0
$\begingroup$

I'm using a online calculator, and it says that the boiling point of water at a pressure of 3000 kPa is 233.7°C.

So then I understand that the water in is a superheated state (and thus still a liquid). I see in a table of superheated water (Cengel, Thermal Fluid Science, Table A6) that at a saturation temperature of 300°C and a pressure of 3000 kPa (3 MPa), water has the following properties:

Specific volume: $0.08118\,{\rm \frac{m^3}{kg}}$.

Internal energy: $2750.8\,{\rm \frac{kJ}{kg}}$.

Enthalpy: $2994.3\,{\rm \frac{kJ}{kg}}$.

Converting to liters: 1 kg of water then has a volume of $8.118\cdot 10^{-5}\, {\rm dm^3}$ = 8.118 L. Knowing that 1 kg of water has a volume of 1 L at 1 atm, I find this value rather high.

Do I understand this correctly? One more thing: Is the saturation temperature the same as the boiling point? The seems to be disagreement when I google it.

$\endgroup$
3
  • $\begingroup$ Superheated means the it is a vapor at a pressure below the saturation pressure at the indicated temperature. $\endgroup$ Jan 17 at 23:40
  • 1
    $\begingroup$ Please, it's Celsius not Celcius. $\endgroup$ Jan 18 at 4:51
  • $\begingroup$ Celsius (after Anders Celsius). You are of course correct and I certainly do know this. But was sloppy late at night...to much red wine. Thanks for correcting. $\endgroup$
    – El_Oso
    Jan 19 at 20:03
0
$\begingroup$

Do I understand this correctly and one more thing: saturation temp is that the same as boiling point. Seems to be disagreement googling it.

No.

The saturation temperature is the same as the boiling point, but the mistake you are making is thinking that the specific volume, internal energy, and enthalpy for superheated steam at 300 $^0$C and 3000 kPa are for liquid. They are not. They are for the superheated vapor.

To determine the values for the liquid, you need to go to the saturated steam tables and interpolate between 230$^0$C and 235$^0$C. Then you can determine $v_f$, $u_f$ and $h_f$.

I understand I need to use the 2 tables: saturated water -pressure and saturated water temperature. But I also realize now that I need to read more to fully understand this

The following is offered as a primer on the steam tables which may help you to begin to more fully understand them.

First of all, the two tables you refer to are essentially the same table except that the first two columns are reversed. The first table has the saturation (boiling) pressure in the first column. The second table has the saturation (boiling) temperature in the first column. After that, the contents are the same. You can use either, but I prefer the second table if you are given the saturation temperature (boiling temperature).

The tables you were using are the Superheated Water Tables. These you need only to determine the saturation temperature (boiling point) corresponding to 3 MPa. Other than that, they only cover superheated vapor. You are interested in the liquid component of the steam. That you get in the Saturated Water-Temperature Tables.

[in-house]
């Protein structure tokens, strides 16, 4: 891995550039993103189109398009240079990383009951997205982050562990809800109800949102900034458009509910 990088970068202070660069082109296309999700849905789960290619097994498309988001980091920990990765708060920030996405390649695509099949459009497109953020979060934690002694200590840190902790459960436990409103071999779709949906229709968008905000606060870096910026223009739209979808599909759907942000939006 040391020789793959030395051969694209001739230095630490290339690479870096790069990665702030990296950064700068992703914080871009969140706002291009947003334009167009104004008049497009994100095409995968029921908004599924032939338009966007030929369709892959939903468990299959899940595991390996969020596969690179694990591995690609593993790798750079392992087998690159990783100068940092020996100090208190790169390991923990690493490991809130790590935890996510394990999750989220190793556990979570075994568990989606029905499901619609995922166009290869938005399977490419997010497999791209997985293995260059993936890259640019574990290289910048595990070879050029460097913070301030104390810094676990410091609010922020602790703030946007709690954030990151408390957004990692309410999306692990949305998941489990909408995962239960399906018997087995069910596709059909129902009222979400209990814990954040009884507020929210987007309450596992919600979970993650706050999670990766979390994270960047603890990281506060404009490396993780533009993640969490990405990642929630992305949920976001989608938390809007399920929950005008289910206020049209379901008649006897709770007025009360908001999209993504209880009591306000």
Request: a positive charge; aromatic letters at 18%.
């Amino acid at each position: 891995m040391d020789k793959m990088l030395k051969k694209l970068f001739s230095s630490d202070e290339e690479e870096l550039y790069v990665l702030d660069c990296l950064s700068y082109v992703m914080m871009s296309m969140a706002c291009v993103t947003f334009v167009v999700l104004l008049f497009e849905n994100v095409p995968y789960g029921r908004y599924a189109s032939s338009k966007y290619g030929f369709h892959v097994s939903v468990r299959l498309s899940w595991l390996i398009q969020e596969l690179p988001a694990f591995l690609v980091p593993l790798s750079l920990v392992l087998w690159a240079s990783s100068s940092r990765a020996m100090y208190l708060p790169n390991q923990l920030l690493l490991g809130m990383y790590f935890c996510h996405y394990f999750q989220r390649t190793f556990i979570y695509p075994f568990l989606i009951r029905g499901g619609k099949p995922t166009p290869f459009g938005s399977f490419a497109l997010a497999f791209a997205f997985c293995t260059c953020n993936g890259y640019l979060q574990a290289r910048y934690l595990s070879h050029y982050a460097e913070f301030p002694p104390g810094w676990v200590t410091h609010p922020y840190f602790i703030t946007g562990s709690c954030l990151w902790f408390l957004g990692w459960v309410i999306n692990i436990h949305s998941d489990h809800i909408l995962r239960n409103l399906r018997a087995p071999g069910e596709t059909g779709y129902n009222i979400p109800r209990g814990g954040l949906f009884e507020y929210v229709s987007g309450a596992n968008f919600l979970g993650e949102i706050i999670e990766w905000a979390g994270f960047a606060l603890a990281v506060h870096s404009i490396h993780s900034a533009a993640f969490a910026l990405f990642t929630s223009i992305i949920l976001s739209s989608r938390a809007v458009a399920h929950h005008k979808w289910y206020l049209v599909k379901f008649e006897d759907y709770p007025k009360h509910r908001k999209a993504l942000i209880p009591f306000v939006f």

Just so you can put the tables in perspective, see the diagram below. The overall curve that includes the saturated liquid line and saturated vapor line is sometimes referred to as "steam dome". Lines D, H, L etc. are constant pressure lines.

The area under the dome covers a mixture of liquid and vapor, called saturated steam. This area under, including the dome curve, is covered by the Saturated Water-Temperature Tables.

The area to the right of the dome is superheated steam and is covered by the Superheated Water Tables.

The area to the left of the dome is pure liquid.

The lines, points 1,2,3, and text in red is mine and is for your example. To find out how much liquid can be extracted from the superheated water of 300 C and 3 MPa, go to the Saturated Water-Temperature Tables. Interpolate between 230 C and 235 C to determine the specific volume of the liquid, $v_f$ in the table, where $f$ stands for fluid. This corresponds to point 3 in red (saturated liquid). You will see from the tables it is somewhere between 0.001209 and 0.001219.

Hope this helps.

enter image description here

$\endgroup$
6
  • $\begingroup$ Thanks for your kind answer. I understand I need to use the 2 tables: saturated water -pressure and saturated water temperature. But I also realize now that I need to read more to fully understand this $\endgroup$
    – El_Oso
    Jan 19 at 20:00
  • $\begingroup$ @El_Oso Can you tell me what you don't understand. Maybe I can help. $\endgroup$
    – Bob D
    Jan 19 at 20:32
  • $\begingroup$ @El_Oso I've added a tutorial that you might find helpful. $\endgroup$
    – Bob D
    Jan 19 at 21:54
  • $\begingroup$ Thanks a lot Bob D. The image seems familiar with something I have studied. I will go trough your tutorial. I am very thankfull for your help $\endgroup$
    – El_Oso
    Jan 20 at 7:47
  • $\begingroup$ @El_Oso I'm glad you are thankful for my help. If I have answered your question satisfactorily, I would appreciate it if you could accept my answer. $\endgroup$
    – Bob D
    Jan 20 at 22:27

Your Answer

By clicking “Post Your Answer”, you agree to our terms of service, privacy policy and cookie policy

Not the answer you're looking for? Browse other questions tagged or ask your own question.